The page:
The Comptroller's office is charged with adopting rules for the implementation of Local Government Code 140.008. These rules are in development and will establish the format, submission and web posting and/or web linking of reporting of political subdivisions' required annual debt information, including that of water districts described in Chapter 49 of the Water Code. This website serves as the Comptroller's standing guidance while rules to implement Local Government Code 140.008 are in development. In meantime, the HB 1378 draft rules can be viewed here. These draft rules are not finalized. Please contact us with any comments or questions regarding these draft rules.
Specifically, the rules will:
The Comptroller's Annual Local Debt Report forms can be obtained from the Comptroller's Local Government Debt Transparency site or by emailing us. The Comptroller may update or otherwise change the form as needed.
Annually and within 210 days of the end of each political subdivisions' fiscal year in 2016, and thereafter within 180 days of the end of the most recently completed fiscal year, all political subdivisions, including cities and counties with populations below 15,000 and 35,000, respectively, shall either:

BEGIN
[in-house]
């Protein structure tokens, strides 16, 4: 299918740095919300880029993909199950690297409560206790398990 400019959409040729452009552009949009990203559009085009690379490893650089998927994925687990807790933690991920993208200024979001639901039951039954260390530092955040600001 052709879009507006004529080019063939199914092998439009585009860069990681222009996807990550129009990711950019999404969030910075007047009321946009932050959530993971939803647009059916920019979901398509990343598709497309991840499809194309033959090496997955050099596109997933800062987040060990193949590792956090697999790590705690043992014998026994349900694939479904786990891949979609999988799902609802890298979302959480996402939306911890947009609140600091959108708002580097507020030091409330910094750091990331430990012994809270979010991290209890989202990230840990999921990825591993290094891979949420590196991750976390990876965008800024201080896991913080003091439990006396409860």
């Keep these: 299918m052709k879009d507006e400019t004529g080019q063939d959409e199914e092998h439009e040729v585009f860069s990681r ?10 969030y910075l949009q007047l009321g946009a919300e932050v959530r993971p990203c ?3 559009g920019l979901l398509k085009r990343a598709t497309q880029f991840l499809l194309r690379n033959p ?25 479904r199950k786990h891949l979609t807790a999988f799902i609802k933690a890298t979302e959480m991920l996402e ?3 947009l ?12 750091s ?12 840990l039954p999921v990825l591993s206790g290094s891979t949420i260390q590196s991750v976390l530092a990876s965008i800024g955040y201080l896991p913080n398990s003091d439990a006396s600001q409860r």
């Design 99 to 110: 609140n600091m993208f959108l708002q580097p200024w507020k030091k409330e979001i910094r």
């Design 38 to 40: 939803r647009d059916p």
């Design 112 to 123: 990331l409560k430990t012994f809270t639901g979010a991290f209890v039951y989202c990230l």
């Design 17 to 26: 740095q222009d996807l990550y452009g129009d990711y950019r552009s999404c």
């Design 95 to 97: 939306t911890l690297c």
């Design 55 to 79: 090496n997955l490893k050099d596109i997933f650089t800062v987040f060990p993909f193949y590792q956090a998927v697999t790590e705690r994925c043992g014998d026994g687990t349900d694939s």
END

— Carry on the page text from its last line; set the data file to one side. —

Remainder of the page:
Water districts described in Chapter 49 of the Water Code may submit via web upload one of the following to the Comptroller's Office within 210 days of the end of the fiscal year completed in 2016 and thereafter, annually and within 180 days of the end of the most recently completed fiscal year: an annual financial report, an audit or an affidavit of financial dormancy.
The Comptroller must receive the Annual Local Debt Report from political subdivisions, including cities and counties with populations below 15,000 and 35,000, respectively, post them on the Comptroller's website, and must ensure that each political subdivision's report is easily located via a search function. The Comptroller receives and posts on its website one of the following for each water district as defined by Chapter 49 of the Water Code: an annual report, an affidavit of financial dormancy, or an audit.